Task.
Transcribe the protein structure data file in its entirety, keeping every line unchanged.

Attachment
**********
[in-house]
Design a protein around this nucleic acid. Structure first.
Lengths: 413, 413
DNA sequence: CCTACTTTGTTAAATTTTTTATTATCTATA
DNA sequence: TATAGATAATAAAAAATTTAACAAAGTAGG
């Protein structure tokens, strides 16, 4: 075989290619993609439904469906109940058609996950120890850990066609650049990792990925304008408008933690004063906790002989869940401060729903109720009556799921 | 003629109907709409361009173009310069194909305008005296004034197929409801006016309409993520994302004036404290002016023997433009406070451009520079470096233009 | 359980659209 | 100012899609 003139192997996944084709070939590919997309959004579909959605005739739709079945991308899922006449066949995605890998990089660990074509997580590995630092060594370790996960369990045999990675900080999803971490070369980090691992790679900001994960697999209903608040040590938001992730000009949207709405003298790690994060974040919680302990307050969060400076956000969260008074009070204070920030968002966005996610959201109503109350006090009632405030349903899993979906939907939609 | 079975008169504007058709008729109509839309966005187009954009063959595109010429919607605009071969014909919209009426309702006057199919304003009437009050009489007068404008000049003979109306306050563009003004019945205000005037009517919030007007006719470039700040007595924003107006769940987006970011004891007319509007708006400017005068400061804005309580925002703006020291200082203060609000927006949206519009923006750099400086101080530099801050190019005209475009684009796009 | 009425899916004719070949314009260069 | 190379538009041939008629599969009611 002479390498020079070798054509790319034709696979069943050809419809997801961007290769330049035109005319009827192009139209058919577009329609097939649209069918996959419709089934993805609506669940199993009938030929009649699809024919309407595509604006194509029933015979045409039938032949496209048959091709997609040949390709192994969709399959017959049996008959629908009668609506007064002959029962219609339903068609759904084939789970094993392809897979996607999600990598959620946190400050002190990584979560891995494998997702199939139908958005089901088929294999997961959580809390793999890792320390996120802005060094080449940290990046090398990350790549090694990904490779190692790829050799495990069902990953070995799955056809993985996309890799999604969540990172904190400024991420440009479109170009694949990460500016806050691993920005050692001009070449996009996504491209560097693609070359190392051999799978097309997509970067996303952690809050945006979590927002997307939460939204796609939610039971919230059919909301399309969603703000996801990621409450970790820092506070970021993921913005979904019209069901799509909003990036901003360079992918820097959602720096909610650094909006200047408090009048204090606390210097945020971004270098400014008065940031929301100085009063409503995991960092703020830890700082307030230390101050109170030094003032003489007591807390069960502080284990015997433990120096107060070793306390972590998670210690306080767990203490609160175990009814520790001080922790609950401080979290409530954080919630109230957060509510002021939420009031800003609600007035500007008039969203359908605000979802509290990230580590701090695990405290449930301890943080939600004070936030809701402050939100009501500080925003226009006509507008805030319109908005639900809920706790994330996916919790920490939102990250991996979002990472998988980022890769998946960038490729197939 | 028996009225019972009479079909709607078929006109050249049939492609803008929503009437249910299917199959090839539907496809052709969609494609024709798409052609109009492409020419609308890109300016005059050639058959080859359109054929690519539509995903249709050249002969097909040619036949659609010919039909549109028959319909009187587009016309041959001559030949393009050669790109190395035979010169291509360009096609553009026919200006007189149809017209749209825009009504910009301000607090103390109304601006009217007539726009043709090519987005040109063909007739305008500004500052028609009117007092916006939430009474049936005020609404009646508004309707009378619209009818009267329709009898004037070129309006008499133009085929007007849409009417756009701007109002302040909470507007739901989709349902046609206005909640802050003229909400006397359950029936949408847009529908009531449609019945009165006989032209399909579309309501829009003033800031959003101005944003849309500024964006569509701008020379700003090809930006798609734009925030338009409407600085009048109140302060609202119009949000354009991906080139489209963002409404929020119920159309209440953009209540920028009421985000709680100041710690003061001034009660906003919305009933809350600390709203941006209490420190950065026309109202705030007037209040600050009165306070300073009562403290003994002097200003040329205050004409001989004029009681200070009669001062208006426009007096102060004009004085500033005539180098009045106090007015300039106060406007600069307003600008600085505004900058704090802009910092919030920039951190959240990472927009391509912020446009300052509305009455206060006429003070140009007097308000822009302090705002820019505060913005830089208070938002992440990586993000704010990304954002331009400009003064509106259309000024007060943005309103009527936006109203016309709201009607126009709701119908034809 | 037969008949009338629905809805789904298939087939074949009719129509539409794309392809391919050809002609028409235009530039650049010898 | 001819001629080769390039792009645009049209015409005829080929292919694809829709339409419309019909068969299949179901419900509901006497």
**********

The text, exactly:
[in-house]
Design a protein around this nucleic acid. Structure first.
Lengths: 413, 413
DNA sequence: CCTACTTTGTTAAATTTTTTATTATCTATA
DNA sequence: TATAGATAATAAAAAATTTAACAAAGTAGG
């Protein structure tokens, strides 16, 4: 075989290619993609439904469906109940058609996950120890850990066609650049990792990925304008408008933690004063906790002989869940401060729903109720009556799921 | 003629109907709409361009173009310069194909305008005296004034197929409801006016309409993520994302004036404290002016023997433009406070451009520079470096233009 | 359980659209 | 100012899609 003139192997996944084709070939590919997309959004579909959605005739739709079945991308899922006449066949995605890998990089660990074509997580590995630092060594370790996960369990045999990675900080999803971490070369980090691992790679900001994960697999209903608040040590938001992730000009949207709405003298790690994060974040919680302990307050969060400076956000969260008074009070204070920030968002966005996610959201109503109350006090009632405030349903899993979906939907939609 | 079975008169504007058709008729109509839309966005187009954009063959595109010429919607605009071969014909919209009426309702006057199919304003009437009050009489007068404008000049003979109306306050563009003004019945205000005037009517919030007007006719470039700040007595924003107006769940987006970011004891007319509007708006400017005068400061804005309580925002703006020291200082203060609000927006949206519009923006750099400086101080530099801050190019005209475009684009796009 | 009425899916004719070949314009260069 | 190379538009041939008629599969009611 002479390498020079070798054509790319034709696979069943050809419809997801961007290769330049035109005319009827192009139209058919577009329609097939649209069918996959419709089934993805609506669940199993009938030929009649699809024919309407595509604006194509029933015979045409039938032949496209048959091709997609040949390709192994969709399959017959049996008959629908009668609506007064002959029962219609339903068609759904084939789970094993392809897979996607999600990598959620946190400050002190990584979560891995494998997702199939139908958005089901088929294999997961959580809390793999890792320390996120802005060094080449940290990046090398990350790549090694990904490779190692790829050799495990069902990953070995799955056809993985996309890799999604969540990172904190400024991420440009479109170009694949990460500016806050691993920005050692001009070449996009996504491209560097693609070359190392051999799978097309997509970067996303952690809050945006979590927002997307939460939204796609939610039971919230059919909301399309969603703000996801990621409450970790820092506070970021993921913005979904019209069901799509909003990036901003360079992918820097959602720096909610650094909006200047408090009048204090606390210097945020971004270098400014008065940031929301100085009063409503995991960092703020830890700082307030230390101050109170030094003032003489007591807390069960502080284990015997433990120096107060070793306390972590998670210690306080767990203490609160175990009814520790001080922790609950401080979290409530954080919630109230957060509510002021939420009031800003609600007035500007008039969203359908605000979802509290990230580590701090695990405290449930301890943080939600004070936030809701402050939100009501500080925003226009006509507008805030319109908005639900809920706790994330996916919790920490939102990250991996979002990472998988980022890769998946960038490729197939 | 028996009225019972009479079909709607078929006109050249049939492609803008929503009437249910299917199959090839539907496809052709969609494609024709798409052609109009492409020419609308890109300016005059050639058959080859359109054929690519539509995903249709050249002969097909040619036949659609010919039909549109028959319909009187587009016309041959001559030949393009050669790109190395035979010169291509360009096609553009026919200006007189149809017209749209825009009504910009301000607090103390109304601006009217007539726009043709090519987005040109063909007739305008500004500052028609009117007092916006939430009474049936005020609404009646508004309707009378619209009818009267329709009898004037070129309006008499133009085929007007849409009417756009701007109002302040909470507007739901989709349902046609206005909640802050003229909400006397359950029936949408847009529908009531449609019945009165006989032209399909579309309501829009003033800031959003101005944003849309500024964006569509701008020379700003090809930006798609734009925030338009409407600085009048109140302060609202119009949000354009991906080139489209963002409404929020119920159309209440953009209540920028009421985000709680100041710690003061001034009660906003919305009933809350600390709203941006209490420190950065026309109202705030007037209040600050009165306070300073009562403290003994002097200003040329205050004409001989004029009681200070009669001062208006426009007096102060004009004085500033005539180098009045106090007015300039106060406007600069307003600008600085505004900058704090802009910092919030920039951190959240990472927009391509912020446009300052509305009455206060006429003070140009007097308000822009302090705002820019505060913005830089208070938002992440990586993000704010990304954002331009400009003064509106259309000024007060943005309103009527936006109203016309709201009607126009709701119908034809 | 037969008949009338629905809805789904298939087939074949009719129509539409794309392809391919050809002609028409235009530039650049010898 | 001819001629080769390039792009645009049209015409005829080929292919694809829709339409419309019909068969299949179901419900509901006497």